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Why We Build
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Table of Contents

  • Chapter - 1: Desire shapes space, and space shapes desire
  • Chapter - 2: The fixed and the wandering home
  • Chapter - 3: The true fake
  • Chapter - 4: The inconsistent horizon, or notes on the erotic in architecture
  • Chapter - 5: Power and freedom
  • Chapter - 6: Form follows finance
  • Chapter - 7: The rapacity of 'hope'
  • Chapter - 8: Eternity of overrated
  • Chapter - 9: Life, and the look of life
  • Chapter - 10: Indespensible as bread
    • Section - 11: List of illustrations
    • Section - 12: Selected bibliography
    • Section - 13: Acknowledgements
    • Section - 14: Index

About the Author

Rowan Moore is the architecture critic for the Observer and previously for the Evening Standard. He is also a trained architect, and between 2002 and 2008 was the Director of the Architecture Foundation.

Reviews

`A refreshingly humane and lucid book from one of our most intelligent architecture critics' Daily Telegraph
`Vivid and witty . . . it's a book about what happens when other non-architectural matter - capital, sex, family life, the caprices of function - barges into a discipline that sometimes likes to think of itself as pure' Guardian

`Architecture critic for the Observer, Rowan Moore, has written a fantastic book which is well worth reading for anyone interested in architecture.' Sir Paul Smith


`Moore has a lot to offer those who like verbal flexibility and thought-provoking aphorisms. There is also a sense of mischief . . . if famous architects were a coconut shy, Moore would go home with the giant teddy . . . Elegant and witty, with a sometimes 18th-century sensuality, this is a hard-hitting book with great panache.' Sunday Telegraph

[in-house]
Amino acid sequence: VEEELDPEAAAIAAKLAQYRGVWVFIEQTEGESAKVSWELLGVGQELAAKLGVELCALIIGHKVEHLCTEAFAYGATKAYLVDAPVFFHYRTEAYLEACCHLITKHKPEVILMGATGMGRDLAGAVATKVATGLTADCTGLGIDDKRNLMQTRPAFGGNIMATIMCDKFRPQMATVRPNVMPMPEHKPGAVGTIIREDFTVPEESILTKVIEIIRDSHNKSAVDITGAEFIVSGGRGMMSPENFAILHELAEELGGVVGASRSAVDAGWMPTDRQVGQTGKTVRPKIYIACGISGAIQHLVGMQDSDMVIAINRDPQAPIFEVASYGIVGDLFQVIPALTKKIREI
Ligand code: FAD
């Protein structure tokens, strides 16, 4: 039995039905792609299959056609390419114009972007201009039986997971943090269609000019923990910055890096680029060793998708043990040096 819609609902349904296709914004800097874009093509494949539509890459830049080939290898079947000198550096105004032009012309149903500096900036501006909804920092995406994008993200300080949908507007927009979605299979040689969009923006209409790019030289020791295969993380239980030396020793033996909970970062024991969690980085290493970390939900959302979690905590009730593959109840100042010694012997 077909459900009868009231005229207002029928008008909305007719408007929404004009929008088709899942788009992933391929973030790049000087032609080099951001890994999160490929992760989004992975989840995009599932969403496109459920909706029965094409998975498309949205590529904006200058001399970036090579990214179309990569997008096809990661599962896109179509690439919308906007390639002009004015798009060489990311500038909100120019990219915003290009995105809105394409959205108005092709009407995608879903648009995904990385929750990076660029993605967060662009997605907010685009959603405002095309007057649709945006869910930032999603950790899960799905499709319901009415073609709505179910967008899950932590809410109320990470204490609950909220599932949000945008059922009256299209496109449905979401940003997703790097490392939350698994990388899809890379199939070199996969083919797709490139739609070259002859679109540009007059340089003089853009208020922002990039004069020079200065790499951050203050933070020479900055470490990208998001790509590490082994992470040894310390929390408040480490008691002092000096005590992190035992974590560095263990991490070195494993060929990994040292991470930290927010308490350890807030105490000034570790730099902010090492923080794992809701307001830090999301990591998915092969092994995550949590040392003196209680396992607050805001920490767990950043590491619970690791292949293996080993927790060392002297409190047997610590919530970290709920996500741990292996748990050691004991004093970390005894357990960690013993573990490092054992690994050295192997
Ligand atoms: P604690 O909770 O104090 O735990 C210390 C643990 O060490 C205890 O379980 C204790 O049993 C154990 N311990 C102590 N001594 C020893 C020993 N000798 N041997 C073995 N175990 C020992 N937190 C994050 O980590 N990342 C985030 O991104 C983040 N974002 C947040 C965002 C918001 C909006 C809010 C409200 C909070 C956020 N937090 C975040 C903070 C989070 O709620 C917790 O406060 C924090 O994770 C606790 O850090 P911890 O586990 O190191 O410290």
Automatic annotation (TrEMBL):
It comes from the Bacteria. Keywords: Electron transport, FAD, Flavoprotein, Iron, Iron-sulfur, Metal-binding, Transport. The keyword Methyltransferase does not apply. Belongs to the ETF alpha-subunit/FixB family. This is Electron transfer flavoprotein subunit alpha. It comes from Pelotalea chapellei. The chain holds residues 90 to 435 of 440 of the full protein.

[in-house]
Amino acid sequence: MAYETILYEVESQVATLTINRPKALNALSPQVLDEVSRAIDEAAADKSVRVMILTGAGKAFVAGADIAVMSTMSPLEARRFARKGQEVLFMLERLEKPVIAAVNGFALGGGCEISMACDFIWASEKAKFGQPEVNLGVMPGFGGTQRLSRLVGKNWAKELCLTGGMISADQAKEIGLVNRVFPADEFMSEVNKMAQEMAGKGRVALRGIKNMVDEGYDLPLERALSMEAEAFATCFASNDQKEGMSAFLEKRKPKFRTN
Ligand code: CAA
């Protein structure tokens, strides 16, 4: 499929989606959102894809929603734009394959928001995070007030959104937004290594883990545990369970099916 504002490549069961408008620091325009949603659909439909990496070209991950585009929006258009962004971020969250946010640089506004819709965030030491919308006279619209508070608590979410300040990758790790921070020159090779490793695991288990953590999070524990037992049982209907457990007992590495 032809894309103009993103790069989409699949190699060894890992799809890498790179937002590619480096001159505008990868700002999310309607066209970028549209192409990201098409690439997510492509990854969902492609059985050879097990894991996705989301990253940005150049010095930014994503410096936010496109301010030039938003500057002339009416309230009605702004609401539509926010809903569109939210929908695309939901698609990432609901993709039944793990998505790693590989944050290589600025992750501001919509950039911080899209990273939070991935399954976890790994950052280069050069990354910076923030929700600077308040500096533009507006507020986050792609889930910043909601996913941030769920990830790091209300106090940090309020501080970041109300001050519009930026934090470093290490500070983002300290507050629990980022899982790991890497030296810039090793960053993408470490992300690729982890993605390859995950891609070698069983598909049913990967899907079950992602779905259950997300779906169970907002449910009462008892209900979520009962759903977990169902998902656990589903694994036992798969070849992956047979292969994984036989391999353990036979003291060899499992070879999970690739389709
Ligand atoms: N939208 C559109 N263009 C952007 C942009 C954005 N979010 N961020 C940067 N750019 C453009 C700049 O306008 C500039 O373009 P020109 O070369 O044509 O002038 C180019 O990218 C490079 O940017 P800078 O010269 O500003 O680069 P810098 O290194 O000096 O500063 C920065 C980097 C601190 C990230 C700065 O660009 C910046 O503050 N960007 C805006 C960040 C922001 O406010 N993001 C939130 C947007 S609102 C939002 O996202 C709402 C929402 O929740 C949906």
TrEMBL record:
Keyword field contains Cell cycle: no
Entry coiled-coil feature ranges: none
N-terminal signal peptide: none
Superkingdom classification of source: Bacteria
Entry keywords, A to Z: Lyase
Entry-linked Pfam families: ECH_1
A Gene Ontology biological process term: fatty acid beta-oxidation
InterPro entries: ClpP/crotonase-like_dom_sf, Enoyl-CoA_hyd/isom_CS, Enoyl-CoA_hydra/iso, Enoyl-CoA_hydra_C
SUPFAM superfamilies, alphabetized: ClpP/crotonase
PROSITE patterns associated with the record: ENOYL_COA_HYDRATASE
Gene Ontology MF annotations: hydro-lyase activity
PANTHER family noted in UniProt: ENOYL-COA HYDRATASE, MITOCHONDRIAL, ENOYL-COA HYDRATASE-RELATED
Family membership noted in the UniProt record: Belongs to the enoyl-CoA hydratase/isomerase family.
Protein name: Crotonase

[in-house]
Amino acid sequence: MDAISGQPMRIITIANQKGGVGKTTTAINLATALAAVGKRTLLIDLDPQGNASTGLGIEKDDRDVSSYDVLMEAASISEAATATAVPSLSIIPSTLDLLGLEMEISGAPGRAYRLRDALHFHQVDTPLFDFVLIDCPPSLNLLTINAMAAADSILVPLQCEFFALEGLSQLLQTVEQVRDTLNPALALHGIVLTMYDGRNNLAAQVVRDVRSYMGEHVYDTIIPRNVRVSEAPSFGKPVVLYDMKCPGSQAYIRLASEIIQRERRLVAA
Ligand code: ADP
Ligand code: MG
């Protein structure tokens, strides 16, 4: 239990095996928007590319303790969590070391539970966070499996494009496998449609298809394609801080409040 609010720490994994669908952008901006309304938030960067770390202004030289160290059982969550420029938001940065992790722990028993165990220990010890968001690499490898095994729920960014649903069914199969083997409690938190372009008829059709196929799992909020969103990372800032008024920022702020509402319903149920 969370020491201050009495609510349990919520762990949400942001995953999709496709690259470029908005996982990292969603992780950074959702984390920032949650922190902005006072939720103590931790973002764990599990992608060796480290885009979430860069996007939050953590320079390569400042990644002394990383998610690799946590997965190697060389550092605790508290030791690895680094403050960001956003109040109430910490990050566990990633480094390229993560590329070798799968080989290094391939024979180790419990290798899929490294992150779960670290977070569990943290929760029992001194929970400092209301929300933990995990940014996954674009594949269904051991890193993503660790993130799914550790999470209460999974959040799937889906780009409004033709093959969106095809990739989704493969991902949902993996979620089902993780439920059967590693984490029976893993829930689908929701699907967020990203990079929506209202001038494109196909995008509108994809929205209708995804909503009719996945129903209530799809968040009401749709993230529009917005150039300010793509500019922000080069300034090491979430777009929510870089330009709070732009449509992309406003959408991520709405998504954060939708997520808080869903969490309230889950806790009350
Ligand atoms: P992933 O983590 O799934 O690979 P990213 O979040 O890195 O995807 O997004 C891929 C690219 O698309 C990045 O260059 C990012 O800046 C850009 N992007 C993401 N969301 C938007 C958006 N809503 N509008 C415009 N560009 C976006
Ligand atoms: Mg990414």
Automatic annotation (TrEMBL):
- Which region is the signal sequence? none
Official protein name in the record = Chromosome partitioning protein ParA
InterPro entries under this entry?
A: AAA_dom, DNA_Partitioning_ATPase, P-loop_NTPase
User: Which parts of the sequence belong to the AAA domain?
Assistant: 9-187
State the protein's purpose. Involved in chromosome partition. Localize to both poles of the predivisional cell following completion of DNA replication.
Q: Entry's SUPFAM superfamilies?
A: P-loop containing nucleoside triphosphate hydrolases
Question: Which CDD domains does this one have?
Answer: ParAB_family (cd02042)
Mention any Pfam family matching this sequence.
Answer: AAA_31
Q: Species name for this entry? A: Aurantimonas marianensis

'Moore has conjured a rare feat in producing a work that will be appreciated by professionals and punters alike.' Observer
`Moore writes with economy, clarity and wit' Will Wiles, Building Design

`A paean to the way we inhabit, which explains why good architecture changes constantly' Financial Times
`Intelligent and cultured . . . packed with passionately held ideas about the epiphanies, farces and humanity in architecture' Independent

`Thoughtful and elegantly written, Why We Build will appeal to anyone with an interest in architecture . . . It benefits from a clear style and years of architectural criticism . . . the argument is forceful, but not prescriptive, the satisfying result of prolonged and sensitive observation of both buildings and human nature.' Spectator
`Lively and engaging . . . Anyone with an interest in architecture will find good things here' Evening Standard
`A subtle, often eccentric but always entertaining guide . . . A fascinating work of love, intellectual curiosity and endurance' Literary Review
`Dazzling . . . there's plenty to discover.' Sunday Times

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